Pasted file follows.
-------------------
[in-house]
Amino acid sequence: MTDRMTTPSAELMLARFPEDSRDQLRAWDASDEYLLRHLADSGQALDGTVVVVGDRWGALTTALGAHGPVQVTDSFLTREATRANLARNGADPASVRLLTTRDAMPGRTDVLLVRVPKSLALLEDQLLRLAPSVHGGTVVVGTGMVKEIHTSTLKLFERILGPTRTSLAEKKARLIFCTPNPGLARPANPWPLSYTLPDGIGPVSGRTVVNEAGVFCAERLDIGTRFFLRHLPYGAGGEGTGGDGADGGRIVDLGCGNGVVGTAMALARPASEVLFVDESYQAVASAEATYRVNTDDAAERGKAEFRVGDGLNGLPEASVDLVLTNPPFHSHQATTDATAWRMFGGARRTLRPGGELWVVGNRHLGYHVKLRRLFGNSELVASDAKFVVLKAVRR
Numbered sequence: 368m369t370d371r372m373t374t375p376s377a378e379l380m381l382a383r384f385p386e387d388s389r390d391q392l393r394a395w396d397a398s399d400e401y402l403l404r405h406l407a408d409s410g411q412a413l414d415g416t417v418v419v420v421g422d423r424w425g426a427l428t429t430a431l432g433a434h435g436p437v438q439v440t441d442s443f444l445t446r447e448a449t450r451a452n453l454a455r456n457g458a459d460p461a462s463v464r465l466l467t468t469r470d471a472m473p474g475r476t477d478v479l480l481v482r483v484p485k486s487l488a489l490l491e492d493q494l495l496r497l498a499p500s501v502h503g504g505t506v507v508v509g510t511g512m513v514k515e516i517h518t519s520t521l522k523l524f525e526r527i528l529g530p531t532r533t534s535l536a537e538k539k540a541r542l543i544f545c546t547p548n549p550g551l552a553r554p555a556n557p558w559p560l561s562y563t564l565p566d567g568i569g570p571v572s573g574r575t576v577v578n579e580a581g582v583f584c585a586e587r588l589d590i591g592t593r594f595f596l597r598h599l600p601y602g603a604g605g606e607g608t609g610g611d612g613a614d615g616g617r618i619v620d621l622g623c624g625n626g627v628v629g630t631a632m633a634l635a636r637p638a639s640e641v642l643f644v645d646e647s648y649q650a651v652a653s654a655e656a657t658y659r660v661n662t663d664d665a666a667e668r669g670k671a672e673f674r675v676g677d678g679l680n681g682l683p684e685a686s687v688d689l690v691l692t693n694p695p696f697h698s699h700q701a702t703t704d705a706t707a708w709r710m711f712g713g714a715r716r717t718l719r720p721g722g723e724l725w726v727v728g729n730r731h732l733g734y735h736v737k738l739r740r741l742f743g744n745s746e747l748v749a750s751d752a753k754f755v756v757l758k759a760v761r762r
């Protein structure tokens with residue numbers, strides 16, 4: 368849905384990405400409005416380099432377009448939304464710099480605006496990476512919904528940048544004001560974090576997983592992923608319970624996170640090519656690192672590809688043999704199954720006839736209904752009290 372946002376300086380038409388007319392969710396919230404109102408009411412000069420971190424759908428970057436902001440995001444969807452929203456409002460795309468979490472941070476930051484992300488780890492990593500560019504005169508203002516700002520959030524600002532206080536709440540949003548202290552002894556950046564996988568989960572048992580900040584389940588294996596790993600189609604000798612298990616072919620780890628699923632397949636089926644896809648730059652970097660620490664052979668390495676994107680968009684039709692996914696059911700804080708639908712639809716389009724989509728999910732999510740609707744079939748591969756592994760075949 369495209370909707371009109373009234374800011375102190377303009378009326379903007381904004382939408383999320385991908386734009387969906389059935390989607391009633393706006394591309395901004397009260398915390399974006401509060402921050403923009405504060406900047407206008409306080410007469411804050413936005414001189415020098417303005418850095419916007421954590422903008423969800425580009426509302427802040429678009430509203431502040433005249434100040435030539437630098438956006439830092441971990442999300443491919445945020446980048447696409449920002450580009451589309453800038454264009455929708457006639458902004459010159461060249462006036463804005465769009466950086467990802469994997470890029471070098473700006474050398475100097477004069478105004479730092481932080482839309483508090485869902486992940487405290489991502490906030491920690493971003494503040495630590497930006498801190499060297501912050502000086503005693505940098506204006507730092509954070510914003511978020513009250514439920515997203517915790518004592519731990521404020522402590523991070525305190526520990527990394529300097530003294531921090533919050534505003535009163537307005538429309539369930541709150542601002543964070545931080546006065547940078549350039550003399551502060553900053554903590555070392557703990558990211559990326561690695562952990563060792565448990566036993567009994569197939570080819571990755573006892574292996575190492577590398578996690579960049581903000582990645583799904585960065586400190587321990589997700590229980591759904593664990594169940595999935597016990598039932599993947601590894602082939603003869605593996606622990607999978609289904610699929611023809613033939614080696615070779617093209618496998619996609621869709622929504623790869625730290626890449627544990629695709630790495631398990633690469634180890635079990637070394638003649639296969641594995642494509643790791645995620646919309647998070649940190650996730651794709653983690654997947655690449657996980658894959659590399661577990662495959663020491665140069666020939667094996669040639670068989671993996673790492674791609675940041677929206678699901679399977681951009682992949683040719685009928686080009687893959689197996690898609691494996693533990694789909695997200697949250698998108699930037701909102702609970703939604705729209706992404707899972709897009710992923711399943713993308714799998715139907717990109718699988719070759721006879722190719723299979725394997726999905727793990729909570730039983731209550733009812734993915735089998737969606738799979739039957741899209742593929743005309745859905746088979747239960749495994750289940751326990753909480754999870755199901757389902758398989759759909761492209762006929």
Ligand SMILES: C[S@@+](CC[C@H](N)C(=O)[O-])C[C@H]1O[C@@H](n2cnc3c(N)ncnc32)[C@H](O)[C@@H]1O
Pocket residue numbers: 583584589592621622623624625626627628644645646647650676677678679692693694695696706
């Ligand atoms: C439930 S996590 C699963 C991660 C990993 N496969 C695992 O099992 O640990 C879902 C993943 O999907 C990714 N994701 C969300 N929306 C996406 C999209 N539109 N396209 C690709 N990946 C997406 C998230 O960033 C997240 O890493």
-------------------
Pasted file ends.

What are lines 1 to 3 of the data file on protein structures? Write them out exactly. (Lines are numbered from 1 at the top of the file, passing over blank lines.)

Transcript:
[in-house]
Amino acid sequence: MTDRMTTPSAELMLARFPEDSRDQLRAWDASDEYLLRHLADSGQALDGTVVVVGDRWGALTTALGAHGPVQVTDSFLTREATRANLARNGADPASVRLLTTRDAMPGRTDVLLVRVPKSLALLEDQLLRLAPSVHGGTVVVGTGMVKEIHTSTLKLFERILGPTRTSLAEKKARLIFCTPNPGLARPANPWPLSYTLPDGIGPVSGRTVVNEAGVFCAERLDIGTRFFLRHLPYGAGGEGTGGDGADGGRIVDLGCGNGVVGTAMALARPASEVLFVDESYQAVASAEATYRVNTDDAAERGKAEFRVGDGLNGLPEASVDLVLTNPPFHSHQATTDATAWRMFGGARRTLRPGGELWVVGNRHLGYHVKLRRLFGNSELVASDAKFVVLKAVRR
Numbered sequence: 368m369t370d371r372m373t374t375p376s377a378e379l380m381l382a383r384f385p386e387d388s389r390d391q392l393r394a395w396d397a398s399d400e401y402l403l404r405h406l407a408d409s410g411q412a413l414d415g416t417v418v419v420v421g422d423r424w425g426a427l428t429t430a431l432g433a434h435g436p437v438q439v440t441d442s443f444l445t446r447e448a449t450r451a452n453l454a455r456n457g458a459d460p461a462s463v464r465l466l467t468t469r470d471a472m473p474g475r476t477d478v479l480l481v482r483v484p485k486s487l488a489l490l491e492d493q494l495l496r497l498a499p500s501v502h503g504g505t506v507v508v509g510t511g512m513v514k515e516i517h518t519s520t521l522k523l524f525e526r527i528l529g530p531t532r533t534s535l536a537e538k539k540a541r542l543i544f545c546t547p548n549p550g551l552a553r554p555a556n557p558w559p560l561s562y563t564l565p566d567g568i569g570p571v572s573g574r575t576v577v578n579e580a581g582v583f584c585a586e587r588l589d590i591g592t593r594f595f596l597r598h599l600p601y602g603a604g605g606e607g608t609g610g611d612g613a614d615g616g617r618i619v620d621l622g623c624g625n626g627v628v629g630t631a632m633a634l635a636r637p638a639s640e641v642l643f644v645d646e647s648y649q650a651v652a653s654a655e656a657t658y659r660v661n662t663d664d665a666a667e668r669g670k671a672e673f674r675v676g677d678g679l680n681g682l683p684e685a686s687v688d689l690v691l692t693n694p695p696f697h698s699h700q701a702t703t704d705a706t707a708w709r710m711f712g713g714a715r716r717t718l719r720p721g722g723e724l725w726v727v728g729n730r731h732l733g734y735h736v737k738l739r740r741l742f743g744n745s746e747l748v749a750s751d752a753k754f755v756v757l758k759a760v761r762r